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Thousands of Christmas cards en route to Canadian soldiers thanks to community efforts

December 23, 2020   ·   0 Comments

Dianne Harrison spends this time of year filling her car with precious cargo.

They are often festively decorated with colourful wrapping paper. Some bear hand-written labels. Most sport patriotic Canadian flags for that all-important finishing touch.

Each box is taped, secured, and taken to the local post office bound for all corners of the world.

This year, however, presented some challenges but, despite some initial doubts, she knew she could make it work somehow – and thanks to the community, she made it work and then some.

Nearly 6,500 Christmas and Holiday cards, carefully inscribed and filled in by members of the public from the Greater Toronto Area and beyond are making their way to Canadian soldiers stationed around the world.

Soldiers in Goma, Bahrain, Qatar, Jordan, Iraq, Lebanon, Kuwait – and even Japan – will soon receive messages of love and gratitude from citizens here at home.

“This year was absolutely phenomenal and heartwarming,” says Ms. Harrison. “The Optimist Club was wonderful, they took 1,500 cards, and we thought if they got those 1,500 cards done for us and we got another 500, it would be great to send 2,000. Our original goal was 4,500 and lo and behold, when we finished, we got 6,479 cards!

“We have been able to send to 31 bases around the world this year and we have never been able to do that before. We were also able to send cards to Sunnybrook Hospital, which we did because kids wrote letters to veterans and talked about the war.”

Helping the Cards for Soldiers initiative towards their goal this year was the donation of a whopping 10,000 Christmas cards which organizers were then able to distribute to individuals, organizations, companies and schools. As these 10,000 cards came without envelopes, Aurora-based business Prime Data and owner Steve Falk stepped up with an equal number of envelopes that fit the cards perfectly.

From there, the cards made the rounds before winding back with Ms. Harrison and her husband Brian.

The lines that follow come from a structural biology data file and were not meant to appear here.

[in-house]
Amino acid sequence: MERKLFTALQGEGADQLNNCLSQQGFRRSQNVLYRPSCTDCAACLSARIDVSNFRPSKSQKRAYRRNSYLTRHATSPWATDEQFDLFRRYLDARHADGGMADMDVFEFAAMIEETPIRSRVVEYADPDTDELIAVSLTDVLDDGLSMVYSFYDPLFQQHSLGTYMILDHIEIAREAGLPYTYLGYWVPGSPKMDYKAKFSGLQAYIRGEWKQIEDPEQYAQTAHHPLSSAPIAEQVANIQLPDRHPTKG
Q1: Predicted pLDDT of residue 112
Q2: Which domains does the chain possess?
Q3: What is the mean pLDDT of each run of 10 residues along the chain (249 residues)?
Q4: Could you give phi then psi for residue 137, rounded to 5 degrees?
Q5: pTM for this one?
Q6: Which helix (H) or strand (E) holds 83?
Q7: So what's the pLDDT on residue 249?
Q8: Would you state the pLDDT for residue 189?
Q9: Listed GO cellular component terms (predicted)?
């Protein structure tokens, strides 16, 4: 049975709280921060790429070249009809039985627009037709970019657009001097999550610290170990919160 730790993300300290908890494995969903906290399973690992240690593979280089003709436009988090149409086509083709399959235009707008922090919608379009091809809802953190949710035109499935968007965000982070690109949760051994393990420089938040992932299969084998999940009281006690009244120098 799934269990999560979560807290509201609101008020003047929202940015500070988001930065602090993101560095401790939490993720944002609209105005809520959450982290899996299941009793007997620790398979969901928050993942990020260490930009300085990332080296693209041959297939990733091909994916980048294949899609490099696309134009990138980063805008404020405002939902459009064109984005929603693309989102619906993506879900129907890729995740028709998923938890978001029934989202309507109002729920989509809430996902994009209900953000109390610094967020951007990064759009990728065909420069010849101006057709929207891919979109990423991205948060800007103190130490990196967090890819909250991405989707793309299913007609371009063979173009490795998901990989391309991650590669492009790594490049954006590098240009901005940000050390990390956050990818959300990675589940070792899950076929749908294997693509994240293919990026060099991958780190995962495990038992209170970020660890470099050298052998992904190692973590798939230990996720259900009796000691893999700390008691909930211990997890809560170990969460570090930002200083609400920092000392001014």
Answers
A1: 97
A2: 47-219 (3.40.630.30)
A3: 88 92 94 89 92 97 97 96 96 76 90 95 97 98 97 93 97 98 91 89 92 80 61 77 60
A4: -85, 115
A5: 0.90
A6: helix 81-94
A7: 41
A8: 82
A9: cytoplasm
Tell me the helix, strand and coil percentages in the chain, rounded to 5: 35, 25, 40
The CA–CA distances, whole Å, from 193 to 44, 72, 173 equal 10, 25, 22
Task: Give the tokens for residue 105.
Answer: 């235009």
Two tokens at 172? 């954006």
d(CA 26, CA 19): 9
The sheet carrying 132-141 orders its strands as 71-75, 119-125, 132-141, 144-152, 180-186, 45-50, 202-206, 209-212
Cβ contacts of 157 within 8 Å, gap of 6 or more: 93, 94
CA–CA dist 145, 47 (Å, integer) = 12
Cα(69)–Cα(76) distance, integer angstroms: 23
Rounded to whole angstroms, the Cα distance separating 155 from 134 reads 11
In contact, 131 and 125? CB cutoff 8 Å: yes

Friends in Calgary, for instance, completed 250 messages, as did letter-writers in Victoria and Nanaimo, British Columbia. Those are above and beyond the 6,479 which were mailed from Aurora.

Children learning from home also got in on the action, contributing 675 cards to the overall total.

“Most of the schools put all their return addresses and emails on the cards, so we’re hoping that people do hear back from the soldiers, but if they don’t, that’s okay,” says Ms. Harrison. “One thing with the year being so uneasy for people, I think people who are sending the cards are as truly blessed as the people receiving them. It has been an uncertain year and I think they just want our military to know that we care about them. Next year, we’ve got all people lined up wanting to be a part of this and we want to hit 7,000.”

One way to do that, she says, is setting aside any leftover blank Christmas cards you might have once the holidays are over and consider donating them to the cause.

“We live in a great community and it is the community that made it happen,” says Ms. Harrison. “I hope [the soldiers who receive the cards] realize we really care for them. It’s not just at Christmastime that we care and respect them, we know how much they are giving up for their families, but their families too are giving up so much for our country. We want them to know that we care, that we respect them, wish them well, and hope they are home safely very soon.”

By Brock Weir


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